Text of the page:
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Melbourne, Australia - 28 Apr 2008: One hundred IBM employees from 33 countries – including six from Australia and New Zealand – have been selected to participate in the company's new Corporate Service Corps program. The program is part of the Global Citizen's Portfolio initiative announced by CEO Sam Palmisano to develop leadership skills, while addressing socio-economic challenges in emerging markets.
Twelve teams of employees will be sent to Romania, Turkey, Vietnam, the Philippines, Ghana, and Tanzania in 2008 to work on projects that intersect economic development and information technology. The assignments were selected to use the skills IBM employees possess.
Nigel Davies, IT Architect from IBM Australia is going to Vietnam and said, "This is so many opportunities in one. An opportunity to grow personally, an opportunity to contribute to the human race, an opportunity to learn leadership at the tough end of things, but most of all an opportunity to really deliver IBM's promise of 'Innovation that matters for the world'".
More than 5,000 high-potential employees applied to the program and only 100 employees were selected, making this one of the most competitive employee programs ever created by the company. IBM will select another 100 before the end of year and has committed to enabling 600 of its emerging leaders to participate over the next three years.
"IBM is committed to sending hundreds of employees for at least the next three years to developing countries in Africa, Asia and Eastern Europe. It's a great initiative for everyone" said Andrew Hocking, Corporate Citizenship & Corporate Affairs Manager, Australia and New Zealand. "In IBM, we develop leaders with a broader range of skills that can function in a global context. The individual participant gets a unique set of leadership opportunities and development experiences. And communities get IBM's best problem solving skills. It's a triple benefit.”
The program is part of IBM's Global Citizen's Portfolio announced last year, a suite of investments and programs to help IBM employees enhance their skills and expertise in order to become global leaders, professionals and empowered citizens in the 21st century workforce.
Kate Black, Software Education Manager from IBM Australia is going to Romania and said "I think leadership strengths are developed through life experiences; this fantastic opportunity will empower me to be a better leader in IBM. I believe the challenges of the program will enable me to develop a deeper awareness of my personal strengths and have a better capacity to inspire and empower others"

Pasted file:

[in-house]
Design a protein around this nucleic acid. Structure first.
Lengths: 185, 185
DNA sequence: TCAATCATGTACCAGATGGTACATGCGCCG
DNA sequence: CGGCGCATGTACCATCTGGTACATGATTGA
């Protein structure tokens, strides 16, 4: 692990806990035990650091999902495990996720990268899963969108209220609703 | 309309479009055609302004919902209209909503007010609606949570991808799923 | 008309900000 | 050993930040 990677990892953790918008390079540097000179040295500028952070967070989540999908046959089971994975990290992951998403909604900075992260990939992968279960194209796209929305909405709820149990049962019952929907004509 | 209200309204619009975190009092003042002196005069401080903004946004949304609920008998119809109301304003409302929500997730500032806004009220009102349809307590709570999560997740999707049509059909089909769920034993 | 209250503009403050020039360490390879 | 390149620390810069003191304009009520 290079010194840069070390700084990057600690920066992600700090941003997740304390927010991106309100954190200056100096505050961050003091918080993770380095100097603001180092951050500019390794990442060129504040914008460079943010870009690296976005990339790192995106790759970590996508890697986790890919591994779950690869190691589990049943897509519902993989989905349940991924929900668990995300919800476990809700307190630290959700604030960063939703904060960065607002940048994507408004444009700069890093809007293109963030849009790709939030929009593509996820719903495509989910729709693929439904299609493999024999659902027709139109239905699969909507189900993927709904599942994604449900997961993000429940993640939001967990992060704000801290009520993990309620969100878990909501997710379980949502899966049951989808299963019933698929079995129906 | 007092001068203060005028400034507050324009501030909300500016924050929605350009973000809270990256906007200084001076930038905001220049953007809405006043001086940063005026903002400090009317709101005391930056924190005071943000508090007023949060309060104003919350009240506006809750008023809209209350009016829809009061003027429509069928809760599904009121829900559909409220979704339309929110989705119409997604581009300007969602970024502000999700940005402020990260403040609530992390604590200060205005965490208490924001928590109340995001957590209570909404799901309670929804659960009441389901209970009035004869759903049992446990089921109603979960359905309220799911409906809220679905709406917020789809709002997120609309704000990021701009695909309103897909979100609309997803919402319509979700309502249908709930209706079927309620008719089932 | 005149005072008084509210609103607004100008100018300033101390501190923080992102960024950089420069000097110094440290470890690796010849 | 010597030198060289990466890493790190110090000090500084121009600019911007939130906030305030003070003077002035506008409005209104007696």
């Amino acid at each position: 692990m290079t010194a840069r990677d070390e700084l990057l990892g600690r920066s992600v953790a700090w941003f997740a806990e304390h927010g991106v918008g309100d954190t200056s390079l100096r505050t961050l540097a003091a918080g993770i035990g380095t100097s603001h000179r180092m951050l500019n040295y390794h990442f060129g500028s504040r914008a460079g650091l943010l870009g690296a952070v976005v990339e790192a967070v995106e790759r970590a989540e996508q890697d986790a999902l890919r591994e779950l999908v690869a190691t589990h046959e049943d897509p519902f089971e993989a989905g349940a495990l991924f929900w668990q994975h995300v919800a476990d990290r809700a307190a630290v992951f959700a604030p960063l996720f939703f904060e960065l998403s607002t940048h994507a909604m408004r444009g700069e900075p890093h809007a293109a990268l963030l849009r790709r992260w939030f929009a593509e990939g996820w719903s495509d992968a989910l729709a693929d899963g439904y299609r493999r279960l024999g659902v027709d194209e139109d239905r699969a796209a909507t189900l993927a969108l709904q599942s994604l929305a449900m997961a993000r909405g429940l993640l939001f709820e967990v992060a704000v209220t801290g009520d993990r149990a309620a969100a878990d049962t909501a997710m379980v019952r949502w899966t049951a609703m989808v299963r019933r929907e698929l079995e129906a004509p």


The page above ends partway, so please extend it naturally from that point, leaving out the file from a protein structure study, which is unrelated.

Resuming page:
After a competitive bid process involving 32 global non-governmental organisations (NGOs) focused on volunteer placement of private sector professionals, IBM teamed with three: Citizens Development Corps based in Washington, D.C., Canada-based Digital Opportunity Trust, and Australian Business Volunteers. The NGO partners are a key part of the program's success, helping to identify the right projects and local organisations where IBM's emerging leaders, and the skills they currently possess, can have the most impact.
Michael Lynch, CEO of Australian Business Volunteers says that the relationship will allow the Asia Pacific communities to gain important skills from IBM staff. ‘ABV has been sending Australian volunteers to our region for over 27 years and enjoys a great working relationship with small to medium businesses throughout the Asia/Pacific,’ he said. ‘This is a slightly different approach where we are placing employees from one organisation in small teams of up to eight to complete specific assignments that will hopefully enhance the business acumen of the communities involved.’
Following is a list of countries and highlights of each mission:
Cagayan de Oro and Davao City, Philippines: create management information systems to track progress of loan and grant beneficiaries from the Philippine Development Assistance Program.
Danang City, Vietnam: support the rapid development of small and medium enterprises with the Danang Chamber of Commerce through the creation of training programs in information technology management.
Timisoara and Sibiu, Romania: identify small and medium enterprises with high growth potential requiring business training to tap into regional and global trade networks.
Izmir, in the Aegean region of Western Turkey: help local chambers of commerce and city councils to promote economic, social and democratic development.
Kumasi, Ghana: improve business processes and provide training for a network of small and medium enterprises trying to scale up their business models.
Arusha, Tanzania: assist a global microfinance organisation with market research and strategic plan development for expanding operations and services to entrepreneurs seeking microloans and business training services.
Prior to departure, the IBM teams will engage in three months of preparatory work to learn about local customs, culture, language, project goals and the socioeconomic and political realities of their destination countries. After their country service, employees will share their experience in their home communities and with the company.
IBM employees will be grouped in teams of eight representing different countries and business units. An important design point for the program is to provide high performance employees the chance to build networks with people they might never interact with. This will also enable employees to bring different perspectives and expertise to solving problems, as well as encourage interaction with people from different cultural backgrounds and traditions. In today's globally integrated economy the most successful leaders will be global citizens, able to understand and effectively collaborate with people from a wide range of backgrounds and perspectives.
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